Tornado Distribution Associated with Hurricane Floyd 1999

Albert E. Pietrycha and Christina D. Hannon

Department of Meteorology, Pennsylvania State University, University Park, PA


On the evening of 15 September 1999, Hurricane Floyd made landfall at Bald Head Island, NC; 0630 UTC (hereafter all times UTC) 16 September. Floyd was a large and intense Cape Verde hurricane that affected the central and northern Bahamas before making landfall on the North Carolina coast. At its peak intensity, Floyd reached the top end of category four (with winds >69 m s-1) on the Saffir/Simpson (Simpson 1974) hurricane scale, and arrived onshore as a category two hurricane. Prior to and during the time of landfall the hurricane interacted with a coastal front (Bosart et al. 1972; Bosart 1975; Keeter et al. 1995; Garner 1999) and remained coupled with the front as the hurricane weakened rapidly, and accelerated northward along the East Coast into New England (Bosart and Atallah 2000; Kong 2000) (Fig. 1).

Eighteen tornadoes associated with Floyd were reported in the U.S. and all occurred in North Carolina on the day of landfall (Storm Data 1999). The two strongest tornadoes produced F2 damage. Smith (1965) and McCaul (1991) identified the right-forward quadrant of a hurricane as the most favored area for tornado development; maximum shear and helicity values occur within the quadrant. Tornadic events associated with Hurricane Floyd supported this assessment. What is interesting about the landfall event was that 88.9% (16 of 18) of the tornadoes developed either immediately along the coastal front or within the warm sector east of the front.


Fig. 1. Path and progression of Floyd along the East Coast (DDHH). Key locations mentioned in text are labled.


Surface data were obtained and analyzed for the period of 0900 15 September through 1200 16 September, inclusive. The observations from Automated Surface Observing System (ASOS), Automated Weather Observing System (AWOS), Coastal-Marine Automated Network (C-MAN), buoy, and ship data were analyzed subjectively for temperature, dewpoint, sea level pressure, and wind fields. In situ mobile mesonet data (Straka et al. 1996) were similarly included to improve data density over land, aiding in frontal boundary placement.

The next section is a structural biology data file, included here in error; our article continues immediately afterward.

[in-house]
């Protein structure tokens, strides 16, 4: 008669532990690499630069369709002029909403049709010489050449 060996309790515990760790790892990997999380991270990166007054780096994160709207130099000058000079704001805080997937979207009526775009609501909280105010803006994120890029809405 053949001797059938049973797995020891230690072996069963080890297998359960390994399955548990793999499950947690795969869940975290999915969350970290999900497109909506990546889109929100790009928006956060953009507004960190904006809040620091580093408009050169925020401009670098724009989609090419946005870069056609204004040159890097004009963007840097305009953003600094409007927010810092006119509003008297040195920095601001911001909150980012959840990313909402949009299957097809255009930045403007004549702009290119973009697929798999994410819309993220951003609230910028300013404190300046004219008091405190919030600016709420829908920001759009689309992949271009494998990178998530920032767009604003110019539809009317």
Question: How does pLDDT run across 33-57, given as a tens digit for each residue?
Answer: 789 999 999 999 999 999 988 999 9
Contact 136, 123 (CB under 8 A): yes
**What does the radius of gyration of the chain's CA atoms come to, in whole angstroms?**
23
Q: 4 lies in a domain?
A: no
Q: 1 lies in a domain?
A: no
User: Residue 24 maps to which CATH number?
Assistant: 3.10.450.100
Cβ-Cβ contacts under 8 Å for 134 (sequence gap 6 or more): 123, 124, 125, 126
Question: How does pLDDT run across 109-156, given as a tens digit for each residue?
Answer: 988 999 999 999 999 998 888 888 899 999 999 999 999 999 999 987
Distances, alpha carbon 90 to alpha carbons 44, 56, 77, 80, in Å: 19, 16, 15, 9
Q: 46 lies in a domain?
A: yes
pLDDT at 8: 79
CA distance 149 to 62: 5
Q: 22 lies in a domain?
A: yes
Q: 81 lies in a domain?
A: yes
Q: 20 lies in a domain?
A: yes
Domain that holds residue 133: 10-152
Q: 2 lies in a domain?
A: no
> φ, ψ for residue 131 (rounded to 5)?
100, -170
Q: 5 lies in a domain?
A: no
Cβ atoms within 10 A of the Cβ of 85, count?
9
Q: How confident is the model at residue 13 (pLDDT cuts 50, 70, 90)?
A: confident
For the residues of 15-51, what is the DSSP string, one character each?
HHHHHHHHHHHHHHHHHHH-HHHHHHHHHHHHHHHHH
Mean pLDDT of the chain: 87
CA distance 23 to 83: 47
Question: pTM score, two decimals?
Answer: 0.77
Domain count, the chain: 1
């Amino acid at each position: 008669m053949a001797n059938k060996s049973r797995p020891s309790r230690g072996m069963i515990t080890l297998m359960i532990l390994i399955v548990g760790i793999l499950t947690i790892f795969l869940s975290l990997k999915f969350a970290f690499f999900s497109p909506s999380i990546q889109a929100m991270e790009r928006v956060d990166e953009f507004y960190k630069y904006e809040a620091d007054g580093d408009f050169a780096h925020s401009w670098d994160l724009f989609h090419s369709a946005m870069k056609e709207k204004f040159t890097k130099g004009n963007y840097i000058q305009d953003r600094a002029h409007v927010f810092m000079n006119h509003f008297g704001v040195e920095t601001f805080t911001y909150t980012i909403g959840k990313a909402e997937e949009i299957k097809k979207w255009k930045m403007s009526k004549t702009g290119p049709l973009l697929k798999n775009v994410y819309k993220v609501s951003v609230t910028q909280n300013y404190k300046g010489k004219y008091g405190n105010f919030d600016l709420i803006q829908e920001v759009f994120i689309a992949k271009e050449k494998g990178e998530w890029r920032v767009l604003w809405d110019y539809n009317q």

National Weather Service rawinsonde data, and NOAA/AOML Hurricane Research Division (HRD) GPS dropsonde data, were used to create constant pressure and cross-sectional plots. These plots were then subjectively analyzed for synoptic and mesoscale features. Soundings from Morehead City, NC (MHX), Greensboro, NC (GSO), and Roanoke, VA (RNK), launched at 0000 and 0600 on 16 September, were selected for frontal analysis. These sites were downstream of the hurricane and closest spatially and temporally to landfall location.

Weather Surveillance Radar-1988 Doppler (WSR-88D) (Crum and Alberty 1993) level II data (Crum et al. 1993) from MHX, Wilmington, NC (LTX), and Charleston, SC (CLX) were utilized to aid in boundary placement. LTX was selected for analysis, as the radar was located closest to the area of landfall and level II data were available for the majority of the event, 1329 15 September to 1039 16 September, inclusive. Unfortunately, level II data from CLX and MHX were either not available or sporadic. Based on the work of Rasmussen et al. (2000), evidence was presented that Storm Data reports must be verified for accuracy. An effort was made to verify each report for location and time accuracy utilizing WSR-88D level II data. Unfortunately, the lack of archived WSR-88D data at MHX prevented a thorough investigation. Consequently, none of the 18 tornado reports recorded by Storm Data could be refuted, and all were assumed to be valid.



A coastal front developed downstream of the hurricane, during the mid-morning hours of 15 September, along the coastal plain of the Carolinas and Virginia, 12 hours prior to the landfall (Pietrycha 2001).

As Hurricane Floyd approached shore, the pressure gradient over the coastal plain intensified, accelerating the surface flow over the eastern Carolinas. The baroclinic zone associated with the temperature gradient strengthened, owing to increased horizontal deformation (Bluestein 1993), but remained nearly stationary throughout the day. Frontogenesis would continue further north, immediately inland from the shoreline and downstream of the advancing hurricane. By 0000 16 September, a coastal front oriented north-south was well established, spanning the area east of Charleston, SC, to east of Virginia Beach, VA (Fig. 2).

Fig.2. Surface map for 0000 UTC 16 September 1999, with subjectively analyzed mean sea level isobars (solid) every 4 mb (labeled every other isobar to 988 mb), and isotherms (dashed) every 2°C (labeled every isotherm). Standard station model in abbreviated format; temperature in tenths °C and sky conditions reported. Winds in knots with one pennant, one full barb, and one half barb equal to 50, 10, and 5 knots, respectively.